© 2019 Charopy Pty Ltd

Click on photo to learn more about any species, not only your own.

How the Build Your Colony game works

This game is intended to turn the school playground into a virtual wild bird and animal habitat where threatened species can survive and thrive. Each child using Charopy has been randomly allocated a single species to "look after" for the week, but the name of this species is only unlocked once the child returns their first container for recycling in the week of the game. Once unlocked, this one single bird or animal will not survive long just on its own as it needs two things in order to continue to prosper.

Firstly, each species must find others of the same species to form a colony. It is the child's job to search the playground over the course of the week to find as many students who have unlocked the same species and together they will "form a colony" by writing down the four digit code from the inside of that child's wristband. 

Secondly, our threatened species need a clean, natural, pollution free environment in which to live. By returning single use drink containers for recycling we will make a big impact in reducing litter; any reduction we can make in litter across the state is a big step in the right direction and we will be tracking the amount of recycling done per colony as part of this game.    

Getting started

From the day the game commences (Monday 16th September), the initial handing in of an eligible drink container for recycling will unlock that childs' designated species. At this point the child will be given a card similar to the ones shown here, where their individually allocated species appears on the the front, and the back of each features 15 empty boxes.

At each break, the students will be able to walk around the playground trying to find as many children as possible holding the same species to form a colony. When your child finds another holding an identical card they should show the code from the inside face of their Charopy wristband and write down the four digit code from the other child's wristband on the back of their card.  

Recording your growing colony

After a few days of building a colony, your child's card will probably start looking like the example here. Given the cards have a glossy finish to make the bird or animal on the front side look better, some pens will not write too clearly on the card. A soft pencil, a non smudging texta (permanent marker), or a pen with smooth flowing ink seem to work best, but the good thing is that even when writing with a dry pen or a hard lead pencil during testing it made enough of an indentation on the card that it was still readable afterwards.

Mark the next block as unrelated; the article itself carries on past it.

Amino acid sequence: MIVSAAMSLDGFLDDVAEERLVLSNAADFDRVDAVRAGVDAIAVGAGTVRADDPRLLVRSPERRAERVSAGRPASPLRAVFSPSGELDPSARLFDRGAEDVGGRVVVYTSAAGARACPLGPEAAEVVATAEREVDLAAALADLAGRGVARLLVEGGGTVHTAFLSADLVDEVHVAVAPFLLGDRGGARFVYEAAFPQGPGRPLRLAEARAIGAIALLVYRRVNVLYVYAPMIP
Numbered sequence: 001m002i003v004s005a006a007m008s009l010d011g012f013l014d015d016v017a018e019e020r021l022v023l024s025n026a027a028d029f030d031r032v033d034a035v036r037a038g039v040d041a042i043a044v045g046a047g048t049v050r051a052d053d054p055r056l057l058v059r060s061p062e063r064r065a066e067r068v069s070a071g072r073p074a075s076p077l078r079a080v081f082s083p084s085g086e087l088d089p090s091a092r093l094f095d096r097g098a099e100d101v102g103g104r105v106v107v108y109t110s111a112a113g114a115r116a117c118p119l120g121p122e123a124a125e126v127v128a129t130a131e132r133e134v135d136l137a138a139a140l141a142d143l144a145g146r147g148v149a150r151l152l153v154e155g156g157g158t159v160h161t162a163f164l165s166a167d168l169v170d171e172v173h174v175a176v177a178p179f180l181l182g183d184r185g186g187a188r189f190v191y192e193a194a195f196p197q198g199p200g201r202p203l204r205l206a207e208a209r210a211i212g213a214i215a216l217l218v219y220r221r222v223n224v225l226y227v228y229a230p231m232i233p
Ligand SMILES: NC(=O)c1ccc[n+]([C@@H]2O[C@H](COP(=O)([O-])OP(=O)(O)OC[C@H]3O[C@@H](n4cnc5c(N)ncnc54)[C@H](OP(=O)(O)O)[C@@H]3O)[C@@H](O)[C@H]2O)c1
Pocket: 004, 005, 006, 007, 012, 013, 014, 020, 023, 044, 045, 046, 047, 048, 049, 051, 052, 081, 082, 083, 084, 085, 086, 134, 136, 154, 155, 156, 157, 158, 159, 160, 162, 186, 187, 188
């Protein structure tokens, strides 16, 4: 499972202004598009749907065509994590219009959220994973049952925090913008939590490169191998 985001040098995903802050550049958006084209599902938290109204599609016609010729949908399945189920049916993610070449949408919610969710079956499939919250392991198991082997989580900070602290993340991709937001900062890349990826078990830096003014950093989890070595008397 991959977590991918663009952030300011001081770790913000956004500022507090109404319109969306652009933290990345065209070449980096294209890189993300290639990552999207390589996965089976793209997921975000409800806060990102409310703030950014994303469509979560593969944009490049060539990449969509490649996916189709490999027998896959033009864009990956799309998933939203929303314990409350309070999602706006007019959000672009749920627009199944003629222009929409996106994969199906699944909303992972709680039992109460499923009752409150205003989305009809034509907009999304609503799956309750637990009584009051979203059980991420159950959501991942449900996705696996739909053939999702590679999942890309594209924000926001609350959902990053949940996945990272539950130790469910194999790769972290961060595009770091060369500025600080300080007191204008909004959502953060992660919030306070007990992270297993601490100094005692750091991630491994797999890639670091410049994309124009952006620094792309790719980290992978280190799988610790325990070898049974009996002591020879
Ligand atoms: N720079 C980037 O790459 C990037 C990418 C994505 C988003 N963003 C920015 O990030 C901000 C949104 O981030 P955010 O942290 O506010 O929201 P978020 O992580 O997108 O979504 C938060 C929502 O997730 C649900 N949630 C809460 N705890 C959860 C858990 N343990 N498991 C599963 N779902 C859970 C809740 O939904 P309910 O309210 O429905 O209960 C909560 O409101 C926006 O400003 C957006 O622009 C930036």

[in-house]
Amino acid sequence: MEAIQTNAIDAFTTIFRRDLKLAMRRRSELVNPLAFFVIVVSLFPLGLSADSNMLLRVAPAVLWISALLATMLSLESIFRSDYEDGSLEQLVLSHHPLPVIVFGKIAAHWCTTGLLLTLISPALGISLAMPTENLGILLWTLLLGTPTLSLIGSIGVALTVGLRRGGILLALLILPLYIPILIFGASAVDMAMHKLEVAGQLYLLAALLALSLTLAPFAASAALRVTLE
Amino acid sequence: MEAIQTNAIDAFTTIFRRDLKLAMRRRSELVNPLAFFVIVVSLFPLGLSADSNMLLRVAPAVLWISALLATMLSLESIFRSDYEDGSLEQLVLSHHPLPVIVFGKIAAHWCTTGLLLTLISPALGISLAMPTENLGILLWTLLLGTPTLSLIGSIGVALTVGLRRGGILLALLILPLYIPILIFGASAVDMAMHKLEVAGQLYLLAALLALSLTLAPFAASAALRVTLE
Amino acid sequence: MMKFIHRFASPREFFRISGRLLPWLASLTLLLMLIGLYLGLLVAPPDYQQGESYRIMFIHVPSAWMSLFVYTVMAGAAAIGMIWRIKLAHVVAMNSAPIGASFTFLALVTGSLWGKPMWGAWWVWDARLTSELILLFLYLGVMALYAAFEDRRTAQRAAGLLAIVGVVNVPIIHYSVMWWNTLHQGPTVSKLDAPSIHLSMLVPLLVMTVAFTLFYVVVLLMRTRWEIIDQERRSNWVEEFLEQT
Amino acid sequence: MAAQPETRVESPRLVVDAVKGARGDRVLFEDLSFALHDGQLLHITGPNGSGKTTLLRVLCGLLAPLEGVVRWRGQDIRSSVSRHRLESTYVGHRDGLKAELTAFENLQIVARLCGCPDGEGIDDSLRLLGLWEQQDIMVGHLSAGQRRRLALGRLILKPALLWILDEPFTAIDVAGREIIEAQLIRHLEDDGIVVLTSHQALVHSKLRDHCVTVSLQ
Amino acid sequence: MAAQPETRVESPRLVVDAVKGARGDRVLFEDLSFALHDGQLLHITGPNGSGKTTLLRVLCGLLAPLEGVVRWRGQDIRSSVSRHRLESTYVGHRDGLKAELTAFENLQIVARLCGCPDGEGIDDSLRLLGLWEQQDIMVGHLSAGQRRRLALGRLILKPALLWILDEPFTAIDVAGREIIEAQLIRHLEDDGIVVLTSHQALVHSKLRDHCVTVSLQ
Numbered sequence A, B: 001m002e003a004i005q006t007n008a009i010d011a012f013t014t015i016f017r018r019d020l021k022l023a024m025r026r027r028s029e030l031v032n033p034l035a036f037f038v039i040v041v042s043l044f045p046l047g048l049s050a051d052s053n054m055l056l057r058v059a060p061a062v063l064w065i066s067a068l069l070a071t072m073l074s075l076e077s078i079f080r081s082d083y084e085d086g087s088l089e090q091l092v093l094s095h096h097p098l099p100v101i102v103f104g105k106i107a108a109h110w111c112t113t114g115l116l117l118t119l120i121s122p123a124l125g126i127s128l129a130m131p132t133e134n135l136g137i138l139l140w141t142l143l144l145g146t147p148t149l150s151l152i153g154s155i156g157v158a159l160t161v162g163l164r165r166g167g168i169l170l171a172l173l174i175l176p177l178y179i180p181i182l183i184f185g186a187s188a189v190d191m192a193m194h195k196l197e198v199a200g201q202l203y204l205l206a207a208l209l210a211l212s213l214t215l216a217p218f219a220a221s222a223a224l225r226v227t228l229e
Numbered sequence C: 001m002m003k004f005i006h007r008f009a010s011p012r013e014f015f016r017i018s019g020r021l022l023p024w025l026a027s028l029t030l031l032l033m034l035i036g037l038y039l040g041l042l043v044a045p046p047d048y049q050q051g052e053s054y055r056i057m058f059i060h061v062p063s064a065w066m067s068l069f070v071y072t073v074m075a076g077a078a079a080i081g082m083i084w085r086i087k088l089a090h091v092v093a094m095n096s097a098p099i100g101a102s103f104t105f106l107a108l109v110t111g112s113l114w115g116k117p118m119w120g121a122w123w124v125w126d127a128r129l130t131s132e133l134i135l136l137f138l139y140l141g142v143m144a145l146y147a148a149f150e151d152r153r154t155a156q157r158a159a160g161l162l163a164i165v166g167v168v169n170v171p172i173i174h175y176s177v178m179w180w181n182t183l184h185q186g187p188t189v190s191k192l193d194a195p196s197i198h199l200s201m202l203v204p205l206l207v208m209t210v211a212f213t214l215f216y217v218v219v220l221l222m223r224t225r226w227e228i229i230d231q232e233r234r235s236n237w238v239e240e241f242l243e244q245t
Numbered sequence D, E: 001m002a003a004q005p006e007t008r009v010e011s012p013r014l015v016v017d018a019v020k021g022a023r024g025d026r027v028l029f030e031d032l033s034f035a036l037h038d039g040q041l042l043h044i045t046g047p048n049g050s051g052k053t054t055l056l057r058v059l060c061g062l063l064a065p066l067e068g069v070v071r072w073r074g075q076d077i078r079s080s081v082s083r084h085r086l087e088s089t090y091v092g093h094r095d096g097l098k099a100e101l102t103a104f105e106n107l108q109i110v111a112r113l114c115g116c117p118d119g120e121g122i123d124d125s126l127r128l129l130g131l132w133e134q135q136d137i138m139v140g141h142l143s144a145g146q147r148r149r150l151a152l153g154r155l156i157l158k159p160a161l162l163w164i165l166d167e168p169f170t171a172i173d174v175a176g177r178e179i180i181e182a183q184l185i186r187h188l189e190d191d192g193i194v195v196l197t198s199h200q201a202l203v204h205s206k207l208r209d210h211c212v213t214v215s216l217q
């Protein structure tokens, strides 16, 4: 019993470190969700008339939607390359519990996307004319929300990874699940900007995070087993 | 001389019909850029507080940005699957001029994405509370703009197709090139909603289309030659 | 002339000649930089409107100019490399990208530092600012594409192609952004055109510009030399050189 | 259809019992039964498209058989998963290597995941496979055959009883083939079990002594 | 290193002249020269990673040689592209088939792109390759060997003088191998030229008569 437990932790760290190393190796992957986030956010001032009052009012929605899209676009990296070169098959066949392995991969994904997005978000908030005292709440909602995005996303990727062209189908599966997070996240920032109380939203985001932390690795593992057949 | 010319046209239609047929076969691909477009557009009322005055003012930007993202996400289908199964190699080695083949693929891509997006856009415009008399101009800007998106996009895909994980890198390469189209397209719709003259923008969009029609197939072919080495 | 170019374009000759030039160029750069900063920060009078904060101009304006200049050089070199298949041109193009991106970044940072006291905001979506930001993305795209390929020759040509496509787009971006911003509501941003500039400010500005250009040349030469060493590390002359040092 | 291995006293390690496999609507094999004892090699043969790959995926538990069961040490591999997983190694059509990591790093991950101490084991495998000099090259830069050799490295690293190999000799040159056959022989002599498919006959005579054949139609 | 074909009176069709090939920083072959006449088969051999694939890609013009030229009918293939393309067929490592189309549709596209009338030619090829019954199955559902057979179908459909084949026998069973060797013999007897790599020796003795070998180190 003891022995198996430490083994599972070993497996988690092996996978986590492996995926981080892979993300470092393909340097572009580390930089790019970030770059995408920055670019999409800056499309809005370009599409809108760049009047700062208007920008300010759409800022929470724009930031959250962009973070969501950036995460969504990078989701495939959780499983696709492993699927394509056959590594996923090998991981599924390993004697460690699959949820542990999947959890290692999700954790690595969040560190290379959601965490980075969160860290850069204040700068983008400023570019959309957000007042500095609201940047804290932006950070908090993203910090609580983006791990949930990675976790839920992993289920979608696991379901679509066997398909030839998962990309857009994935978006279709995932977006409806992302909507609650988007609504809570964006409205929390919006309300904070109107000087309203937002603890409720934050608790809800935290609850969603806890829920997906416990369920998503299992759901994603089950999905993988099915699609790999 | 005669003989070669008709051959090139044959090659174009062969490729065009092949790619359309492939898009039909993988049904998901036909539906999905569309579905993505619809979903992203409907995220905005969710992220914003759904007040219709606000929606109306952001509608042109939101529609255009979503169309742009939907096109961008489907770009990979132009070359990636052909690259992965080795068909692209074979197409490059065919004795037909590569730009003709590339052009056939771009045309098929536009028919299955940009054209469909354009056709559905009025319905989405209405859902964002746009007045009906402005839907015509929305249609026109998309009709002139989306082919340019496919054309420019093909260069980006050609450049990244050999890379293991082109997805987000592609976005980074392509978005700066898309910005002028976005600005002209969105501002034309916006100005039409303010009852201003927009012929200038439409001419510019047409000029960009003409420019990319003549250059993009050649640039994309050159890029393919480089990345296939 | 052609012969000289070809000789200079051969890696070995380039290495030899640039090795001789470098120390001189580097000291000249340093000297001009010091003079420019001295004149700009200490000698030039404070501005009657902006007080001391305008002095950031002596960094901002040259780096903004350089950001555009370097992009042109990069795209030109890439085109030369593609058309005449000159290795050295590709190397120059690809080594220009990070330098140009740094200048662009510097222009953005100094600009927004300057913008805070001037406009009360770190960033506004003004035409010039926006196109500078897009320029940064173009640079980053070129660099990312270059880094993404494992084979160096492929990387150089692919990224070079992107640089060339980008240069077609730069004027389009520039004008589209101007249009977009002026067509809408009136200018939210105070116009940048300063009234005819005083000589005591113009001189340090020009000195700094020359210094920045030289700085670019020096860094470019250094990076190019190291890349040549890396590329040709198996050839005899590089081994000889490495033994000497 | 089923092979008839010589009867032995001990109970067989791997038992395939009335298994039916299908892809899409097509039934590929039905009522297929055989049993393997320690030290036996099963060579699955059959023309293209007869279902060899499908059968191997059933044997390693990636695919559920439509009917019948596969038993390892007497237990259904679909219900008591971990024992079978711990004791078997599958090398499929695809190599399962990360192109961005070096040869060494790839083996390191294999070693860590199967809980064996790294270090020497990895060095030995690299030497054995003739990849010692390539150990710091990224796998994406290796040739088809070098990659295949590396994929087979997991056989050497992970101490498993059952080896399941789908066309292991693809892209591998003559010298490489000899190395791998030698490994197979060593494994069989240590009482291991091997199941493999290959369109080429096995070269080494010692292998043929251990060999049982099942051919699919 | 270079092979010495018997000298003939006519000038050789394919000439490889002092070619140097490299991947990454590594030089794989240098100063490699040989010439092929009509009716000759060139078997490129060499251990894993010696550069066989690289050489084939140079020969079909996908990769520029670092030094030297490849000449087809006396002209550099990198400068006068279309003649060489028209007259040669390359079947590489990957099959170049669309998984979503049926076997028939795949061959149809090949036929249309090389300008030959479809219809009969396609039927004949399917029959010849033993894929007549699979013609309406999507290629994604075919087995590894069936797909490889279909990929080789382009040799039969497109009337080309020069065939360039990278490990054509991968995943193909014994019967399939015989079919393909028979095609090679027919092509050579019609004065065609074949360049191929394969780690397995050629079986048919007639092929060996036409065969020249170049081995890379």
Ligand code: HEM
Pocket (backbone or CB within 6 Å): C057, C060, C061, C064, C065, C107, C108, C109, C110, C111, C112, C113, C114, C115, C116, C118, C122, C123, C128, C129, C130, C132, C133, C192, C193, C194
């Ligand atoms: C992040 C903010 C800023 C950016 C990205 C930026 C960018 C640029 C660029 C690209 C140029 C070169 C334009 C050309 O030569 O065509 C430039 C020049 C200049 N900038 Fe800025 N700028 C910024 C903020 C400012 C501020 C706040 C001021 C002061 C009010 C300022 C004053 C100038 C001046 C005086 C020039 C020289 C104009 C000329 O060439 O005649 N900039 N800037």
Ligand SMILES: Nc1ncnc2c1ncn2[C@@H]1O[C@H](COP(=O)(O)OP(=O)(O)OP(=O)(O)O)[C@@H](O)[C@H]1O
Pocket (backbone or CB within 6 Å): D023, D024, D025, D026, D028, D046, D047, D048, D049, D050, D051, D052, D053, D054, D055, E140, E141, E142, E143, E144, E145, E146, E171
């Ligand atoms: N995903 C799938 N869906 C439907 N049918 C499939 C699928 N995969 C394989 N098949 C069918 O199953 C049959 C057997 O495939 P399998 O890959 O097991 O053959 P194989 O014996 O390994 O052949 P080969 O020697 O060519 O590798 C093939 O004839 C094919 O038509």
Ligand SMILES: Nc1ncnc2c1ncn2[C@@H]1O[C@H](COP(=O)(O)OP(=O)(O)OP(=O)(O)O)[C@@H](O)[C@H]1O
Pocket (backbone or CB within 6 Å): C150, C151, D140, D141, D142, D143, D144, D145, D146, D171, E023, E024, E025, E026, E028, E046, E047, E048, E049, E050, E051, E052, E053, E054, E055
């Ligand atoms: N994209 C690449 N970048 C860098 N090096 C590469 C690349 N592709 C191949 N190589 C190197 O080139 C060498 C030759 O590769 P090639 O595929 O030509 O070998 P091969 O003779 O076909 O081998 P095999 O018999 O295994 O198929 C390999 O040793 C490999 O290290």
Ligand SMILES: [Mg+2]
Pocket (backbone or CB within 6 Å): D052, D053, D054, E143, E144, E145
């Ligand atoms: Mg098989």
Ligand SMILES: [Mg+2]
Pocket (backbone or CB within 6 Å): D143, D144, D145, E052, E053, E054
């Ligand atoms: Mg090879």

If your child loses their card they can check for spares at the canteen, or they can simply write the wristband numbers of other children in their "colony" that they find on a piece of paper. There is no requirement to actually use the original card as part of the game, so if you child finds more than 15 matches, he or she can write the extra numbers down anywhere.

Entering colony details at home

When your child returns home after school, a great activity to do together is to enter the four digit numbers from this card into the Charopy balance page. This is the website where parents regularly view transactions on a Charopy wristband. If you have forgotten how to do this, please click here to read the detailed instructions for accessing this page. If you can't use NFC on your phone (most older iPhones can download an NFC reading app to access this feature), and if you didn't receive an email from Charopy when first registering or when subsequently doing an Add Funds transaction on Qkr that contains your unique link to this page, please email help@charopy.com.au and we will ensure you have access to the balance page in order for your child to enter the wristband numbers of the identical species that they have found for their colony.

The winning colony at the end of the week will be the species that as a group have found the most of their same species, combined with the colony that has done the most recycling in the week. The main objective is to raise the awareness of children about various threatened species in New South Wales, but we all love a good competition, so the winning team, to be announced during school assembly and/or in the school newsletter, will be calculated in the following manner. Each species will be ranked from highest to lowest on the two metrics - size of colony and amount of recycling returned. So if Species A has the biggest colony and was ranked fourth in terms of drink containers recycled that week, then it will get one plus four points, so a score of five. If Species B ranks second for size of colony and also second in recycling, Species B  will get a score of 4 points. The lowest score wins, making Species B the winner. In the event of two species being equal on points at the end of the week, then the tie-breaker will be the species that has done the most recycling.

We hope that your children have a lot of fun learning about threatened species in this state, whilst also learning more about the importance of regular recycling.